Every market, regardless of the country, faces obstacles, dependent on financial stability, infrastructure development, taxation and economic strength. Western cities, such as New York and London, dominate as international financial centers.
However, emerging hotspots in the developing world are catching the attention of investors.
Global real estate platform Lamudi, active in 34 emerging markets in Asia, Africa, the Middle East and Latin America, explores the up-and-coming financial centers of tomorrow.
Dubai is an emerging financial hub in the Middle East. Home to international powerhouses such as Goldman Sachs and JPMorgan Chase, the city is an increasingly influential player in global finance. Dubai is putting itself on the map due to its enticing tax laws, stable banking system, and favorable business environment.
Neighboring Doha is also steadily growing its reputation as a financial hub. As oil prices fluctuate, both UAE and Qatari leaders are focusing on diversifying local economies in a move away from dependence on the oil and gas sector. As a result, the financial sector is moving into the spotlight, to attract international investment into the Middle East.
As the Philippines’ most important central business district, Makati is becoming an increasingly important financial hotspot. It is home to headquarters of the country’s largest banks, and the main trading floor of the Philippine Stock Exchange. Furthermore, the city boasts the highest concentration of local and multinational companies, and major banks in the Makati Central Business District (CBD).
In 2014, Mexico City, Mexico’s most important financial center, had 62 greenfield investment projects underway, valued at $2,243 million. Like with many other fast-growing cities, rapid urbanization has occurred, as Mexico’s focus has shifted from agriculture to industry. The capital city now boasts an international stock exchange, and attracts a growing number of foreign property investors, who benefit from Mexico’s proximity to the United States.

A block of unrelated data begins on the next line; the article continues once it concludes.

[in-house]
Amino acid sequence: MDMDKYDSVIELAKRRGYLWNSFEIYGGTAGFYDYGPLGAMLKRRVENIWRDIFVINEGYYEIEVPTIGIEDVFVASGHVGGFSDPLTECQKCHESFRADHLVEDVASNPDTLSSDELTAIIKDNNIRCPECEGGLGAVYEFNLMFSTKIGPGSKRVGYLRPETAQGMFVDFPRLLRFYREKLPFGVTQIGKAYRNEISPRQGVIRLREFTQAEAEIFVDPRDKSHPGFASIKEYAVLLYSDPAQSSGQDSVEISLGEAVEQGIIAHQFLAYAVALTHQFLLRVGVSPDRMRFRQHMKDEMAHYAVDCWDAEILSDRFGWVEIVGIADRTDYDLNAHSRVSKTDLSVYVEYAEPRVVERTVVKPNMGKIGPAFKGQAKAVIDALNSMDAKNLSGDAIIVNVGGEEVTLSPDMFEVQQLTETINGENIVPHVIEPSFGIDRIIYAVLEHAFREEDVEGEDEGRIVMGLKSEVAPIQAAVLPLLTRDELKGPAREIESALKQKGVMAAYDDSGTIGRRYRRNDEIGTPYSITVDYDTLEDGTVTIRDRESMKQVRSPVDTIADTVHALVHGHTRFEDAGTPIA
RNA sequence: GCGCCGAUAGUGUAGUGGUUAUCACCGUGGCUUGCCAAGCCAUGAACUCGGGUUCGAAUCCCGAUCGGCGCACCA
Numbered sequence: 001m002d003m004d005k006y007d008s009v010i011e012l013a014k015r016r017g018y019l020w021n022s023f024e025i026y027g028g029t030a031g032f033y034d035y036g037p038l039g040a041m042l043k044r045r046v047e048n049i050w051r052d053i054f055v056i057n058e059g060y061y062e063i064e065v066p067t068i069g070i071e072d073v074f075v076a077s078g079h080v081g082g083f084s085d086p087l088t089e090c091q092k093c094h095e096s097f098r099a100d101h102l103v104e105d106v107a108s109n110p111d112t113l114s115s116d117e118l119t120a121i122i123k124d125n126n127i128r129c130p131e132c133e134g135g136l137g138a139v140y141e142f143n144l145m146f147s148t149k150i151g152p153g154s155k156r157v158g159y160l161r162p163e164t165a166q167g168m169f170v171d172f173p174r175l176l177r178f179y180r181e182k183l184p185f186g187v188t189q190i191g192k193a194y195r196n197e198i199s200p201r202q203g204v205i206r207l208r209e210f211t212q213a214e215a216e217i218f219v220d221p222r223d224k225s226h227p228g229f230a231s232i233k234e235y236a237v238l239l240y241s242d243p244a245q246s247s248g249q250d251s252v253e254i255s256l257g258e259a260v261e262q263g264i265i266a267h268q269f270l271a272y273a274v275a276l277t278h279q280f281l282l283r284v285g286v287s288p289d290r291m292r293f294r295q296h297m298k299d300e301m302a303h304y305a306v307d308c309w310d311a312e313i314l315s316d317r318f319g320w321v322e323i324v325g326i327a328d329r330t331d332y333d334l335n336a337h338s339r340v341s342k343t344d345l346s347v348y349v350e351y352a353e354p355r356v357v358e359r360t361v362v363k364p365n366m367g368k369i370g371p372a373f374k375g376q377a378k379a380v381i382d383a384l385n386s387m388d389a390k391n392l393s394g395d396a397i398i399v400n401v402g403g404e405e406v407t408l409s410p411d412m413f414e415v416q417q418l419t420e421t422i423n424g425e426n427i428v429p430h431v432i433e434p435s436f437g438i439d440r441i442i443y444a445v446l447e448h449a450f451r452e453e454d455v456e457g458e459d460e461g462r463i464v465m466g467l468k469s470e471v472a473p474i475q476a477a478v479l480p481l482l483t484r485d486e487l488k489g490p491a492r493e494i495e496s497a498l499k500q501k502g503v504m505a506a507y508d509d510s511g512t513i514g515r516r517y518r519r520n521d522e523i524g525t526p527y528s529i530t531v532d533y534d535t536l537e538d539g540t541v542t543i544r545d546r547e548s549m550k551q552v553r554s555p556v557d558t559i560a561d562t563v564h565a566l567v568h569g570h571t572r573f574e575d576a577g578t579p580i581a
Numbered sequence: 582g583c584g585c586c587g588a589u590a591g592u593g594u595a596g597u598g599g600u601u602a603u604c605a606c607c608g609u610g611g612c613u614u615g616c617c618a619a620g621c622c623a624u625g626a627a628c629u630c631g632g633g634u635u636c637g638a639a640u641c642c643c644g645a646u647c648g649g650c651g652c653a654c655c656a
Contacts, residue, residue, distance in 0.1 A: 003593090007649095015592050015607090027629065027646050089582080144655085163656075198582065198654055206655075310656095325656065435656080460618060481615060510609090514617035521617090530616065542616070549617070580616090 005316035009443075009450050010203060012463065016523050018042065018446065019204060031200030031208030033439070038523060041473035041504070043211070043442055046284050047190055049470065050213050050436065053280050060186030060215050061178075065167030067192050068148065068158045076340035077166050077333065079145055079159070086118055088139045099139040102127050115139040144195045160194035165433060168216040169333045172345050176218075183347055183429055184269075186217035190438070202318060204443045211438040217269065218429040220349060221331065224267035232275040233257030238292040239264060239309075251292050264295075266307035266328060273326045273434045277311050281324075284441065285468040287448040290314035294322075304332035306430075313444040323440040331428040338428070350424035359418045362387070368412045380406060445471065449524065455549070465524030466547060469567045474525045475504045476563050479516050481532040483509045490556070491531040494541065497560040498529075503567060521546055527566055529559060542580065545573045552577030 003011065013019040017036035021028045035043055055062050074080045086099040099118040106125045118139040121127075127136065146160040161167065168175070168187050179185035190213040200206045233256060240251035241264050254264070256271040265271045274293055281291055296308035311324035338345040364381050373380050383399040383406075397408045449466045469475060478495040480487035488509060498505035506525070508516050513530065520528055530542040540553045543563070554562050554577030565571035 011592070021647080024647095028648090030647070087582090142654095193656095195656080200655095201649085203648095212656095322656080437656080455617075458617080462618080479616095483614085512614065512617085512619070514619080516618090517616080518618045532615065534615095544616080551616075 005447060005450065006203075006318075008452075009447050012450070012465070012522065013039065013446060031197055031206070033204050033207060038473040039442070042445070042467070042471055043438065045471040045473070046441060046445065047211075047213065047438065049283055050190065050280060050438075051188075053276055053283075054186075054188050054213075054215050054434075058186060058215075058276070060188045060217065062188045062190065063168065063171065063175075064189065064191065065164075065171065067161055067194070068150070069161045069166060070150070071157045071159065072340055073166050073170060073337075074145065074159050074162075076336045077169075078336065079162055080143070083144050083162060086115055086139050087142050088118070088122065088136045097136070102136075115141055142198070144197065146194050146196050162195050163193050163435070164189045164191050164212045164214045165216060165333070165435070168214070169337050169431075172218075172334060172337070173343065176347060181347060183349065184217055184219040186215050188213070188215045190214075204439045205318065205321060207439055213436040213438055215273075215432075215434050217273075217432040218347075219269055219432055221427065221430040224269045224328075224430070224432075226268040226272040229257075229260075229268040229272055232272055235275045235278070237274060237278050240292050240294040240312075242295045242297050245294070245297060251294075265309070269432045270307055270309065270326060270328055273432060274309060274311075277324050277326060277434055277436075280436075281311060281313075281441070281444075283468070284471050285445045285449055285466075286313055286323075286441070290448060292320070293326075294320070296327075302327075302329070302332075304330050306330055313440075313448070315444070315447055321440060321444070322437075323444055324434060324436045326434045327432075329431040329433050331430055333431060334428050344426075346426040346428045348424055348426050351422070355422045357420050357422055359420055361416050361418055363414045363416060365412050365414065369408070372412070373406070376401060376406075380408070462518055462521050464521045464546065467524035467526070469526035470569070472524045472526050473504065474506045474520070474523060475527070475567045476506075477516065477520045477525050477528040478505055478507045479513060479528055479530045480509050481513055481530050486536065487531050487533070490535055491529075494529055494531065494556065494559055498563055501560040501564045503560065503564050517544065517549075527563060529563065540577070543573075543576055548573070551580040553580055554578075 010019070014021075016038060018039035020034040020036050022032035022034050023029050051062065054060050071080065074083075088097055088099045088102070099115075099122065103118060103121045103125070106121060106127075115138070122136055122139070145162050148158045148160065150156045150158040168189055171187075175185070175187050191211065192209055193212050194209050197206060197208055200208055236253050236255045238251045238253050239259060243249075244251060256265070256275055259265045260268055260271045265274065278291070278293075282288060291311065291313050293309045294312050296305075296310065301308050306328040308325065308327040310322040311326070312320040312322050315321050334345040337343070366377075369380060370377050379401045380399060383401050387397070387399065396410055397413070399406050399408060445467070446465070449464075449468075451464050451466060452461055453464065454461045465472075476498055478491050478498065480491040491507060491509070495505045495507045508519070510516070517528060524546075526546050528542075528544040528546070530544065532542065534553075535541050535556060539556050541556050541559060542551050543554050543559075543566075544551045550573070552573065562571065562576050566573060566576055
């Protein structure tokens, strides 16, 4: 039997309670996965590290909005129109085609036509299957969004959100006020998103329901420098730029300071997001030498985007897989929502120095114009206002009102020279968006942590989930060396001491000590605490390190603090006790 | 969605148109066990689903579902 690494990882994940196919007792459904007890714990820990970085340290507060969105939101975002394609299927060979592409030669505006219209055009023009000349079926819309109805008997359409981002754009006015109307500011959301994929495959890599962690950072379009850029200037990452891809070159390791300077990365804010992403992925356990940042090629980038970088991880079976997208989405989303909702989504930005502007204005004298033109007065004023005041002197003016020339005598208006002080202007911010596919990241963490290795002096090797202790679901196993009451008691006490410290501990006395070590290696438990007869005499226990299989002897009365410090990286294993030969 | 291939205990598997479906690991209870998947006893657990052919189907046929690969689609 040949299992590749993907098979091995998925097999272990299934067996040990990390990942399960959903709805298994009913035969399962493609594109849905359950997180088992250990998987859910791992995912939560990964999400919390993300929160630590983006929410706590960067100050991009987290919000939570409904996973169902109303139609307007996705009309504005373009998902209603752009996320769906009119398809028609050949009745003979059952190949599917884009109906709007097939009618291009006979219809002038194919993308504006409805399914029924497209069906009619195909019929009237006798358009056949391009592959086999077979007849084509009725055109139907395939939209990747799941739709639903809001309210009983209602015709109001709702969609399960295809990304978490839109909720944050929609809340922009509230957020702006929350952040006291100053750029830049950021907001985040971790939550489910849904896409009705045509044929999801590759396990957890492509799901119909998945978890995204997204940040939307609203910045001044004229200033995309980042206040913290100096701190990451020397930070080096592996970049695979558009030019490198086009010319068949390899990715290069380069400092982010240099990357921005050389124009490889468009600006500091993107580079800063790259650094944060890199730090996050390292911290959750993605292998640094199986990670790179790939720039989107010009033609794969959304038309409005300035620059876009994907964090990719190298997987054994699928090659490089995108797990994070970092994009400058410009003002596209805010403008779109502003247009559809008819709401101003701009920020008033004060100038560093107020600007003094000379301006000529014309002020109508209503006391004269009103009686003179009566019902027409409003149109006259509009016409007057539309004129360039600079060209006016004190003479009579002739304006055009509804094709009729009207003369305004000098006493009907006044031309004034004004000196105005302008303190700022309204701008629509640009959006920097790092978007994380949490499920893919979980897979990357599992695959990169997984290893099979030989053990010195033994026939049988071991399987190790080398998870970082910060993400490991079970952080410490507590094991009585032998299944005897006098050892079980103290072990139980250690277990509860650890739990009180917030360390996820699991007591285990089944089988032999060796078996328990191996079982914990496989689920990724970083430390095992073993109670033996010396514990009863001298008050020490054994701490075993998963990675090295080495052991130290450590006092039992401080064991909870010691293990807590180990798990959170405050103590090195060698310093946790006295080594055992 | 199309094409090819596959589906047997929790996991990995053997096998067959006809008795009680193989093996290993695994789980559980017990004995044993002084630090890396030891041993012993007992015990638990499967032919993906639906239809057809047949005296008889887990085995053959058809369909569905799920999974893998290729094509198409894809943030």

Chittagong, a major commercial, industrial and financial hub in the south of Bangladesh, is developing into an international financial center. The Chittagong Stock Exchange has more than 700 listed companies, while the city itself is home to a number of Bangladesh’s largest corporations. Its strategic location in close proximity to Myanmar and India, makes Chittagong an interesting consideration for international financial service providers. Furthermore, a proposal to build road connectivity from Chittagong to Kunming, Southwest China, via Cox’s Bazar and Myanmar, will create an economic corridor to strengthen infrastructure in the region.
Kian Moini, co-founder and managing director of Lamudi, commented: “The emerging markets are home to a number of growing hotspots for financial centers. Whilst there are challenges that must be taken into account, including immature markets and political challenges, when strategizing a move into an emerging market, vast opportunities are being created - as long as strongly researched decisions are made and realistic strategies are in place.”
Young, dynamic populations are entering the workforce, with an increasing number of talented, ambitious workers driving innovation. As emerging market hotspots undergo infrastructural and technological developments, they are becoming increasingly attractive to international financial corporations, looking for new opportunities.